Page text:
Showers With A Chance Of Polka Dots

I have bumped up against yet another deficiency in my mastery of certain social situations, and I believe that my mother is to blame.

It wasn’t that my mother failed to teach me manners. Because of her I am a very polite person. And because of her, I am often inappropriately unsentimental and often thoughtless.

My mother had lovely manners and was a gracious hostess. She understood the language of cocktail parties and could interpret seating arrangements like tea leaves. But when it came to things like holidays, birthdays and weddings, she had a tin ear, and I strongly suspect that I do too.

If someone happened to wish her a happy Mother’s Day she would snort disparagingly and say (correctly) that Mother’s Day/Valentine’s Day/Father’s Day, etc. were fabricated by Hallmark. Because of their grandmother, my sons live lives free of anxiety about having to call me on my special day. Unless they marry someone like me or their grandmother, they are in for a very rude awakening.

My mother had a lapse on my birthday that I credit with making me into  birthday defective I am today. The youngest of three, I came along late in my mother’s reproductive career and was an “accident”, so my best guess is it was boredom with the whole birthday proposition that caused her to completely lose track of my twelfth birthday. I remember being concerned but not overly worried when she failed to make any mention of my birthday before I left for school that day, but when I got home in the afternoon and found her working outdoors on an unusually warm January day, I had to face the fact that she had really and truly forgotten what day it was.

It was tempting to wallow in self-pity, or send her on the biggest guilt trip the world has ever known, but I sucked it up and let her off the hook even though I was crushed. Having an instinct for self preservation, I took a page from her playbook and decided that I would actively not give a shit about birthdays—mine or anyone else’s. Of course to this day I still secretly care about my own birthday, but would never admit it. I also care deeply about August 26 and March 27, the birth dates of Oldest and Youngest.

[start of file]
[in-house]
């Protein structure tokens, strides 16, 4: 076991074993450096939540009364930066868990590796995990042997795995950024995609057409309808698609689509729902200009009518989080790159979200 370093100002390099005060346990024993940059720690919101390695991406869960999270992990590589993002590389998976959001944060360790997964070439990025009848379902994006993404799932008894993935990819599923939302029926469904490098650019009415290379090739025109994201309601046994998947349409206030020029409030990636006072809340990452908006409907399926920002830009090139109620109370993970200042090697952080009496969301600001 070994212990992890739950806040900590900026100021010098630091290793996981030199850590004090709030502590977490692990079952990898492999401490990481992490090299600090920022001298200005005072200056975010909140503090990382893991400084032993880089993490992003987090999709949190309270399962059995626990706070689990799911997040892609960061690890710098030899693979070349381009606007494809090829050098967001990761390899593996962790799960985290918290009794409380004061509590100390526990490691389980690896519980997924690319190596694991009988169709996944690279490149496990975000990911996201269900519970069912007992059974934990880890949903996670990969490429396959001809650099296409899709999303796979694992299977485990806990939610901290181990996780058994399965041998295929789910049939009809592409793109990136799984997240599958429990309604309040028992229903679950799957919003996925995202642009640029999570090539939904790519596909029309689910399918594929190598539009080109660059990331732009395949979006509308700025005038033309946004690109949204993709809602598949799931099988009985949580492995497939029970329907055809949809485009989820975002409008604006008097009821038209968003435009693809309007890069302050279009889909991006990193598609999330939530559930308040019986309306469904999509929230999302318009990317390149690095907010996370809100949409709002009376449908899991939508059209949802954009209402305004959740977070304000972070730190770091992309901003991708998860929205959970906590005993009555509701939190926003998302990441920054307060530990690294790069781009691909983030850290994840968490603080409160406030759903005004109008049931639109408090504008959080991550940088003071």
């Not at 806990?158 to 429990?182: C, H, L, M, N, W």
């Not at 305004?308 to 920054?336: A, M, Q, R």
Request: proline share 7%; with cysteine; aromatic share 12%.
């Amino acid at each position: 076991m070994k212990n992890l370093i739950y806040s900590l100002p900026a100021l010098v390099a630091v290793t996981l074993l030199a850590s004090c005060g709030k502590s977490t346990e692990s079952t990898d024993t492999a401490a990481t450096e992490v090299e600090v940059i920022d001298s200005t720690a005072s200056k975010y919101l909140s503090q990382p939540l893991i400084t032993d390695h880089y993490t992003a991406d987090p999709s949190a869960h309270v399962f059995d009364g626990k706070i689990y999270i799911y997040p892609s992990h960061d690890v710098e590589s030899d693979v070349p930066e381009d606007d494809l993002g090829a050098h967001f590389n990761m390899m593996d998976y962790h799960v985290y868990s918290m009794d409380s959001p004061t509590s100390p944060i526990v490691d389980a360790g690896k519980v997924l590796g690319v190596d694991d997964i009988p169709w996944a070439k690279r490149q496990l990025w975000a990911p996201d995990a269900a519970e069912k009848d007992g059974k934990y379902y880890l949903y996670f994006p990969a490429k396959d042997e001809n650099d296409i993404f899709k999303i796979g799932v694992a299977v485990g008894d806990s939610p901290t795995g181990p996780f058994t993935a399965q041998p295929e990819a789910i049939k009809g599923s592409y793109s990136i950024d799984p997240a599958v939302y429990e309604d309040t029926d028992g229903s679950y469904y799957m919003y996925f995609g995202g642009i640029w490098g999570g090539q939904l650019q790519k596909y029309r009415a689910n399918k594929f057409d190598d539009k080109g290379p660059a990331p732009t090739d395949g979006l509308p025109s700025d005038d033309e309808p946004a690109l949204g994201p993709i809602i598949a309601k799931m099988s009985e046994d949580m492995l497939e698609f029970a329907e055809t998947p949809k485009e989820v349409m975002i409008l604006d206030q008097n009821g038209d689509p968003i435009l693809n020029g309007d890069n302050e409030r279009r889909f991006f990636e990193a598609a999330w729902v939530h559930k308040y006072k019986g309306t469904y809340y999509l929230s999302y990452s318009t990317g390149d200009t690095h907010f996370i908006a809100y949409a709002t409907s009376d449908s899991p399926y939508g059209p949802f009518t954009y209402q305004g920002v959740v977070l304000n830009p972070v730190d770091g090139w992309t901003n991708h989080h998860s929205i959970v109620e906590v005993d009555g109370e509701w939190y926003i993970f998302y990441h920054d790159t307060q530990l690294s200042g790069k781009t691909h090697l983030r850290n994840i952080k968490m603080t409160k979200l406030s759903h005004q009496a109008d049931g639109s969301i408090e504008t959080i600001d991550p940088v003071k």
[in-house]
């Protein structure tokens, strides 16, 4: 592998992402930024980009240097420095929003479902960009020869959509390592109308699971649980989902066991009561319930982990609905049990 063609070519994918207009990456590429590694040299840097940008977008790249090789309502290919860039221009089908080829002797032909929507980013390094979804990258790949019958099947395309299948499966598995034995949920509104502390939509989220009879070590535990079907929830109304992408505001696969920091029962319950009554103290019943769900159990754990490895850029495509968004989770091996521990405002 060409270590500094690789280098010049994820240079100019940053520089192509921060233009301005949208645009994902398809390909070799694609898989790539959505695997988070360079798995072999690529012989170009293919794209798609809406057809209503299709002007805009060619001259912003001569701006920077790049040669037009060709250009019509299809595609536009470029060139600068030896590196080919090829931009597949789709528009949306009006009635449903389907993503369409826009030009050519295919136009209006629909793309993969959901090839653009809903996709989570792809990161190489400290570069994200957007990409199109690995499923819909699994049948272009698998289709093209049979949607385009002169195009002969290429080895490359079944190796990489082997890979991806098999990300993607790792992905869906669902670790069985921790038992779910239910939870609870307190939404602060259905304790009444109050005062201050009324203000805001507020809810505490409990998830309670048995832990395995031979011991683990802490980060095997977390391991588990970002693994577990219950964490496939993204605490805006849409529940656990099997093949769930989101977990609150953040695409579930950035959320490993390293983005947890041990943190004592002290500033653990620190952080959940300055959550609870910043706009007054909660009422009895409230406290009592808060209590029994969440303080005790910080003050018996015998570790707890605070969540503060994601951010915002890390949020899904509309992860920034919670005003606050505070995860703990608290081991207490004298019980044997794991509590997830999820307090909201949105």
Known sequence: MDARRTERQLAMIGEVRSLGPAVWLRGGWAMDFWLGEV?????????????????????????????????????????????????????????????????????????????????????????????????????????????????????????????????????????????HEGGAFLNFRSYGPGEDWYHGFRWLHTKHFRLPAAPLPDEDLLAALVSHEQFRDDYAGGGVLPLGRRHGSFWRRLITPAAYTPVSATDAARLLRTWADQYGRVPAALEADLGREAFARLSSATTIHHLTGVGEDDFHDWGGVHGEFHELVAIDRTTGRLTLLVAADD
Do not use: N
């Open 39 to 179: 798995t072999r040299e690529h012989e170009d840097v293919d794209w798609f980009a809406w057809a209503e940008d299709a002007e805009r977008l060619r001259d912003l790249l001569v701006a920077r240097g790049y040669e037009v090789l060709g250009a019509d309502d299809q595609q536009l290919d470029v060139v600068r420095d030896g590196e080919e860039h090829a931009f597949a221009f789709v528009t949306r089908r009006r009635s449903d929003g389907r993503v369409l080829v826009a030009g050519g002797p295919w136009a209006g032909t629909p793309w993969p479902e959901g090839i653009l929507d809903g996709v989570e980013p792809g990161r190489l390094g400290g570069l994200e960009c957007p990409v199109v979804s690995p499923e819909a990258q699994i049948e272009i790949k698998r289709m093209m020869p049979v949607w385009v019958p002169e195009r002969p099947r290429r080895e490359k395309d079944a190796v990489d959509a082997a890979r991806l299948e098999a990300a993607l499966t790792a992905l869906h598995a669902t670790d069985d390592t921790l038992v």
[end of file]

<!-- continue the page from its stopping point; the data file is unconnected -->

When it came to Christmas (another one of those pesky birthday celebrations), my mother was an unabashed hater, calling it The Greed Show. Leading up to the big day, she would go through the motions and do everything she was supposed to do about cookies, homemade gifts, decorations, etc., but invariably Christmas Eve would be marred by some traumatic incident involving any one of the following things in any number of interesting combinations:

  1. Vomit
  2. The emergency room
  3. Alcohol
  4. Yorkshire pudding
  5. Vasovagal syncope (AKA passing out at the table)
  6. More alcohol
  7. Yelling/table pounding
  8. Dinner Bombs (Ex. “you screw like a minx!”)

As you can see by the preponderance of alcohol in the above list, we were very, very festive on the eve of Jesus’s birthday, but on the big day, not so much, because we were tired.

My parents were scornful of organized religion, so that meant I had no experience with any kind of church protocol. Christenings, baptisms and confirmations were just a collection of mysterious things that other people (Catholics, not Protestants) did. Any religious training I got was from attending the occasional Hebrew school class with one of my friends.

Because of the kind of people we were and the friends we had, I went to very few, if any, church weddings as a child. When people my parents knew got married, it was a secular event that took place in a back yard with a jazz band, a clambake and all the champagne you could drink. Later on, when my contemporaries started tying the knot, it was the same kind of thing, except instead of champagne, there was beer.

I was the first in our family to get married.  Thanks to my parents’ fear of the ordinary, we had a tasteful secular ceremony at home, presided over by our two families and a bespectacled retired judge. The wedding cake was a fruitcake that my mother had made. I wore a dress from Filene’s Better Dress Collection, and on that day, which was blistering hot, I took a critical  first look at my ten pounds of waist length hair and contemplated how I should wear it.